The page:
Thursday, May 17, 2018

Dead Poets Society (1989)


Dead Poets Society is a 1989 film starring the late-great Robin Williams as John Keating, an unorthodox English teacher at an all-boys preparatory school (Welton Academy in rural Vermont), set in the year 1959. This scene, “Mr Keating’s First Class (the carpe diem lecture),” is how English teachers should teach, and how they ought to teach poetry. “We don't read and write poetry because it’s cute. We read and write poetry because we are members of the human race. And the human race is filled with passion. And medicine, law, business, engineering, these are noble pursuits and necessary to sustain life. But poetry, beauty, romance, love, these are what we stay alive for,” Keating says. If only more English teachers today would (want to) emulate Mr. Keating, but timid and cowardly school administrators fail the students time and time again. Instead, students have to sit through boring lectures that even the teachers themselves would find boring if they themselves were students; and then there is the constant testing and exam taking, which only makes marks important and learning subservient to it. Some aspects of education today are no better than they were in 1959, while others are worse. The film was directed by Peter Weir and written by Tom Schulman.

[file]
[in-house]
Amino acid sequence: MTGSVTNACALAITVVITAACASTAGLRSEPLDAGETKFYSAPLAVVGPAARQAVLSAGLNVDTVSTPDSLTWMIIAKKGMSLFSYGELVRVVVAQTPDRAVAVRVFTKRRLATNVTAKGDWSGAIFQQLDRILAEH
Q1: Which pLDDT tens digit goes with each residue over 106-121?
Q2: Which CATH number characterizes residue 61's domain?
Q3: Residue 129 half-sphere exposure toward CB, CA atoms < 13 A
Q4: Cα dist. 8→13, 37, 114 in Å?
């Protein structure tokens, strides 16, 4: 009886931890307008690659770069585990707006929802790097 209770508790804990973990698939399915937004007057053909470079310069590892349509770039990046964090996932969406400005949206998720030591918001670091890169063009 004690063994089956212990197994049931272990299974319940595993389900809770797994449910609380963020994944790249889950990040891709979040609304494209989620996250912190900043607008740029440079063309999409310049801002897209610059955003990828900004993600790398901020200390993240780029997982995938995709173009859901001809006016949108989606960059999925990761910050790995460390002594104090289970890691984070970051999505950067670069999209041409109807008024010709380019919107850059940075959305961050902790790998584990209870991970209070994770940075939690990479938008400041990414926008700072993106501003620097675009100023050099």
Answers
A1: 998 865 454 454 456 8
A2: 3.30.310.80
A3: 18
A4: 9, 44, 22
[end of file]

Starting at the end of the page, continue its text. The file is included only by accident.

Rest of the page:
Via: Youtube

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